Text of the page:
October meeting:  Scheduled for Monday, 25th October but this is dependant on covid regulations. We will advise members closer to the date.  (A reminder to make sure your contact details are up to date.)

Flower of the month:  One Stem of Iris

 

 

 

Please support our Club sponsors:  Don’t forget to check their updates on our Club website.

 

  • Rowes nursery,They have a large range of plants for sale, a wealth of garden knowledge and ask about receiving their regular email newsletters.
  • Drouin Home Hardware, Princes Way, Drouin. (On the Melbourne side of Drouin) Check their hardware, gardening products and plants.
  • Kurinda Roses, Warragul-Lardner Road, Warragul.  Select from their huge range of roses at reasonable prices.  They also have a lovely range of garden related gifts for sale in their shop.
  • Mattz Mowing and Garden Services. Lawn mowing, garden edges, hedge trimming, weed control, pruning, gutters cleaned etc.  Free quotes. Phone Matthew 0439 312 465
  • Drouin Nursery. Convenient for Drouin members - new owner, Andre Linossier looks forward to meeting you.  Phone 0417 041507

 

August 2021

Winners of the show bench sections in June as judged by Dawn Gough

Section

First

Second

Third

Flower of the month

Aileen White

Ralph Slaughter

Ralph Slaughter

One Rose  

No entries

 

 

One stem of other flower (not a Rose)

Ralph Slaughter

Kerry Elliott

Joy Vikas

Stem of foliage (no buds or flowers)

Hillary Height

Ralph Slaughter

Ralph Slaughter

Floral Art (in water)

June Dineen

Hillary Height

Annette Willmott

Bulbs, Tubers, Corms, Rhizomes

Carol Burns

Ralph Slaughter

Ralph Slaughter

Flowering Shrub (in flower) 1 stem

-

 

 

Container of flowers

Annette Willmott

Carol Burns

-

Cacti, succulent or potted plant

Ralph Slaughter

= Ralph Slaughter

= Carol Burns

Annette Willmott

Above ground vegetable

Ralph Slaughter

Ralph Slaughter

Ralph Slaughter

Below ground vegetable

Carol Burns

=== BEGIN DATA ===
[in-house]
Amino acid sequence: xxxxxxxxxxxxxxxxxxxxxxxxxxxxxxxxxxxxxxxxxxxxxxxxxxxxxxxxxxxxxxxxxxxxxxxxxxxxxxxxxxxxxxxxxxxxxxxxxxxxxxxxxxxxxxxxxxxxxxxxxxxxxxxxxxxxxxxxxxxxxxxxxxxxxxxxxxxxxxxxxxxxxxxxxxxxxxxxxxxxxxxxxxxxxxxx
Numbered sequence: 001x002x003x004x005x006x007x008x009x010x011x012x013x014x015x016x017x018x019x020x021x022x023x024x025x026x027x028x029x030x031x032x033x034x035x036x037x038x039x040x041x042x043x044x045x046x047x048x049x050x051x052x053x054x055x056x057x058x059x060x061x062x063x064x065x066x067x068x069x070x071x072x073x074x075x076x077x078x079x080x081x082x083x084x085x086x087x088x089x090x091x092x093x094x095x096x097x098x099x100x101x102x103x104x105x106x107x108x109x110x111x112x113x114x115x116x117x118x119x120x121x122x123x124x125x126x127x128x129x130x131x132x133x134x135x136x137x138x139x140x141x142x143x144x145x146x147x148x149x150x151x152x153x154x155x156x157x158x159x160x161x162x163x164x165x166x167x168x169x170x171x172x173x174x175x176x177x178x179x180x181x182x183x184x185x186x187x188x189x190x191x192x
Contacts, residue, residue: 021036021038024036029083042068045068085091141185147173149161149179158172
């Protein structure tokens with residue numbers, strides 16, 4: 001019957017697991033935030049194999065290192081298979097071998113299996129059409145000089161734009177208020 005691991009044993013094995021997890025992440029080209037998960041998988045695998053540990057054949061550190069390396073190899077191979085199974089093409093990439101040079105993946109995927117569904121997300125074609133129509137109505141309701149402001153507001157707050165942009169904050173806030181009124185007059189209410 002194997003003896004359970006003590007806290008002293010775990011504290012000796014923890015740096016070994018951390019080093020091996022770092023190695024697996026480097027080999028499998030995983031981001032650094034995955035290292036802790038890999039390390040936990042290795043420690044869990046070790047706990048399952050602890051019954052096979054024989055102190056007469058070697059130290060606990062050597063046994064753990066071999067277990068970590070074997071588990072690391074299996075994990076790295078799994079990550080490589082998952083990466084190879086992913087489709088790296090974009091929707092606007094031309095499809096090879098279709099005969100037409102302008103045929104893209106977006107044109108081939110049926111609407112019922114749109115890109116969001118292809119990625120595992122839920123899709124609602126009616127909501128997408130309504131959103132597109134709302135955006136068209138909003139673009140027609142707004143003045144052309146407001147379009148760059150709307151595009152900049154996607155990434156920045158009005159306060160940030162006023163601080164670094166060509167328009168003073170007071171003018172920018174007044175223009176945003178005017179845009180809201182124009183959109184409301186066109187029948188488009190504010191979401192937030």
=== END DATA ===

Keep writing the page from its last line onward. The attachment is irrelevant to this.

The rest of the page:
Carol Burns

Ron Blair

Herbs (flowering, non-flowering, mixed)

-

 

 

Fruits, Nuts

Ralph Slaughter

Ralph Slaughter

Carol Burns

Novice

Joy Vikas

 

BEST EXHIBIT

June Dineen

 

FROM THE PRESIDENT’S CHAIR (Meeting cancelled due to lockdown)

 

Dear Fellow Gardeners,

Here I sit at my desk after a lovely morning’s exercise walk, which is one thing we can do during another lockdown, and hoping this newsletter finds you well and happy! While out walking it was lovely to see so many daffodils starting to pop their beautiful yellow heads up and give us a sense that  the end of winter is near.

 

Thank you to all who bought daffodil bulbs in support of the West Gippsland Hospital Fund raiser and a total of $175.00 has been forwarded on and Karyn O’Brien, Public Relations Manager, was delighted to hear that the last of their bulbs had been sold.

 

Ralph’s ‘Jobs to do in the garden in August’ is also a reminder that Spring is nearly upon us, and it is time to get ourselves organised for planting seeds and fertilizing. Yesterday I happily spent an hour cleaning my garden shed and then disinfecting my punnets and preparing my little hot house, courtesy of an idea I got from a Gardening Australia magazine last year, for my summer veggie garden. While I was sweeping and cleaning I was so happy, even though it was very cold outside, but I was enjoying the peace and the fresh air and I was singing to myself. Do you sing while in the garden?